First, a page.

Mine Safety and Health Administration
Contact: (703) 235-1452
April 10, 1995
MSHA SOLICITS COMMENTS ON REGULATORY REFORM
In response to President Bill Clinton's call for sweeping reform of the federal regulatory system, the Labor Department's Mine Safety and Health Administration (MSHA) is inviting mine operators, miners, manufacturers and other interested parties to identify regulations that are unnecessary, obsolete or have conflicting or duplicate provisions.
MSHA currently is conducting a comprehensive review of all its existing regulations in chapter 1 of Title 30 of the Code of Federal Regulations. "The primary purpose of this review is to improve the effectiveness of the agency's existing safety and health regulations, without reducing the protection provided to miners," said J. Davitt McAteer, assistant labor secretary for mine safety and health.
In reviewing existing regulations, MSHA is evaluating each standard for necessity. For example, the agency has identified equipment approval regulations under which no applications have been received in many years. Regulatory reform is part of Clinton's second phase of reinventing government and is outlined in Executive Order No. 12866, which the President signed on Sept. 30, 1993.
MSHA also is evaluating whether there are standards that duplicate, are inconsistent with or conflict with other MSHA or federal requirements. For example, MSHA is considering combining the safety and health standards for surface and underground metal and nonmetal mines into a single part to eliminate unnecessary repetition.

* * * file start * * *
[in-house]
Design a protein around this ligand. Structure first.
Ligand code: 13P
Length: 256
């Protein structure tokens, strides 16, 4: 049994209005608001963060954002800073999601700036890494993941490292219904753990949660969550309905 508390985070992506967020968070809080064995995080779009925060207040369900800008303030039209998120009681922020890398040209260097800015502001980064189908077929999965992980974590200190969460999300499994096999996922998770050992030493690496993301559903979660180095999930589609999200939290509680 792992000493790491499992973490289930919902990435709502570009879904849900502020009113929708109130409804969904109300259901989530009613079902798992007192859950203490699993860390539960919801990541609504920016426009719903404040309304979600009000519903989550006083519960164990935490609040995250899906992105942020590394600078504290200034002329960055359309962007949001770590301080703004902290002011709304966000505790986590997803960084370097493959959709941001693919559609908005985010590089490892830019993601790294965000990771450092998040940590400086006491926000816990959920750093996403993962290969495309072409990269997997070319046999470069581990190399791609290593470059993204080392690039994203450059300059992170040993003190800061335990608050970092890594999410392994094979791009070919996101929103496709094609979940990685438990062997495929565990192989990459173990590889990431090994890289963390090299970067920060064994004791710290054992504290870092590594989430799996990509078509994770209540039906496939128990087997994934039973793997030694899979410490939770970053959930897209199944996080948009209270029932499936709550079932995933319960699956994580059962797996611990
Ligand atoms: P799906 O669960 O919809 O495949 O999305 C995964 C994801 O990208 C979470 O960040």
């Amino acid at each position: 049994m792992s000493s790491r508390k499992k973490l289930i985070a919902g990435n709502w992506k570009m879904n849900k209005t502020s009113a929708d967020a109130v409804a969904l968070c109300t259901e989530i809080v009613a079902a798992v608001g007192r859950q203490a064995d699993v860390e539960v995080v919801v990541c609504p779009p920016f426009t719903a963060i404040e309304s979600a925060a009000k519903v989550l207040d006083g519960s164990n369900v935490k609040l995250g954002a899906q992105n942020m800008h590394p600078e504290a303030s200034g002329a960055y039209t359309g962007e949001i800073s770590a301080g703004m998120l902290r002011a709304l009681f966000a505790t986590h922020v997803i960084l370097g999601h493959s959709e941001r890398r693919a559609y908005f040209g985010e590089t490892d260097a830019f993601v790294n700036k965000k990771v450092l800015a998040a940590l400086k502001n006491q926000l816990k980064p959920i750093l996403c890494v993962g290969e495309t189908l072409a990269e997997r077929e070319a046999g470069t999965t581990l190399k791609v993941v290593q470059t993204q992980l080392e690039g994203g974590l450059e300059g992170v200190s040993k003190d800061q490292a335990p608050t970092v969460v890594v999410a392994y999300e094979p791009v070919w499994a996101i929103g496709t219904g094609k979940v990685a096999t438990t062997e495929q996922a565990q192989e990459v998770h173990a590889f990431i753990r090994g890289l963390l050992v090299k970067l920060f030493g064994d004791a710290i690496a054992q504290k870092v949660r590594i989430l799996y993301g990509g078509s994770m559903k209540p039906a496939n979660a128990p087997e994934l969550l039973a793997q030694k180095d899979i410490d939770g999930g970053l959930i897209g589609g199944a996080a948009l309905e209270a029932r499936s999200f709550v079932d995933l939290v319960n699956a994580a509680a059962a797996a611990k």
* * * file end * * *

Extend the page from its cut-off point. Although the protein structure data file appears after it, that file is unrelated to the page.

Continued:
Notice of MSHA's request for comments on regulatory reform will appear in the Federal Register on Monday, April 10, 1995. Submit written comments on or before May 1, 1995, to MSHA's Office of Standards, Regulations and Variances, Room 631, 4015 Wilson Blvd., Arlington, Va., 22203, (703) 235-1910. Computer disks with comments, accompanied by hard copy, are encouraged.
Clinton reiterated the need for regulatory reform in a March 4 memorandum to department and agency heads. McAteer noted that while the May 1 comment deadline was short, both the agency and the department intend to move as quickly as possible on the President's call. Comments submitted after the deadline also will be accepted and considered as part of MSHA's ongoing regulatory reform efforts.